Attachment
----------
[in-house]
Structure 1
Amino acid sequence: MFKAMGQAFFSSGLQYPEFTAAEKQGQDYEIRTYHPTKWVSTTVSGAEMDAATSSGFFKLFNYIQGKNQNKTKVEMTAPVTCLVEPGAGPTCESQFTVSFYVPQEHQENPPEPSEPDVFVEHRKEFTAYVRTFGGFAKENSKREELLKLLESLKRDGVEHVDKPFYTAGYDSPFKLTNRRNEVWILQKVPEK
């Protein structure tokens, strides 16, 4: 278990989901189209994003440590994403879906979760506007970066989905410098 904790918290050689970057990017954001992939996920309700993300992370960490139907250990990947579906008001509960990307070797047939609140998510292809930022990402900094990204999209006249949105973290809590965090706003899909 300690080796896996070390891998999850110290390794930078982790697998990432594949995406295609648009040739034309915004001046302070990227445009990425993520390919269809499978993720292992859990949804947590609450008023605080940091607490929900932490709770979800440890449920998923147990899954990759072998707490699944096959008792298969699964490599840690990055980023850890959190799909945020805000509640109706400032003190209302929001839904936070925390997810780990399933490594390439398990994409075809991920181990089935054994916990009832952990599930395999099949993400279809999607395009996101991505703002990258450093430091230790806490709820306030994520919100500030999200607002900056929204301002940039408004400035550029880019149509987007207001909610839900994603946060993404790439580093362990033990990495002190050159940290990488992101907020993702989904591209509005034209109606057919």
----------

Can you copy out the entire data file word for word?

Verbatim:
[in-house]
Structure 1
Amino acid sequence: MFKAMGQAFFSSGLQYPEFTAAEKQGQDYEIRTYHPTKWVSTTVSGAEMDAATSSGFFKLFNYIQGKNQNKTKVEMTAPVTCLVEPGAGPTCESQFTVSFYVPQEHQENPPEPSEPDVFVEHRKEFTAYVRTFGGFAKENSKREELLKLLESLKRDGVEHVDKPFYTAGYDSPFKLTNRRNEVWILQKVPEK
């Protein structure tokens, strides 16, 4: 278990989901189209994003440590994403879906979760506007970066989905410098 904790918290050689970057990017954001992939996920309700993300992370960490139907250990990947579906008001509960990307070797047939609140998510292809930022990402900094990204999209006249949105973290809590965090706003899909 300690080796896996070390891998999850110290390794930078982790697998990432594949995406295609648009040739034309915004001046302070990227445009990425993520390919269809499978993720292992859990949804947590609450008023605080940091607490929900932490709770979800440890449920998923147990899954990759072998707490699944096959008792298969699964490599840690990055980023850890959190799909945020805000509640109706400032003190209302929001839904936070925390997810780990399933490594390439398990994409075809991920181990089935054994916990009832952990599930395999099949993400279809999607395009996101991505703002990258450093430091230790806490709820306030994520919100500030999200607002900056929204301002940039408004400035550029880019149509987007207001909610839900994603946060993404790439580093362990033990990495002190050159940290990488992101907020993702989904591209509005034209109606057919």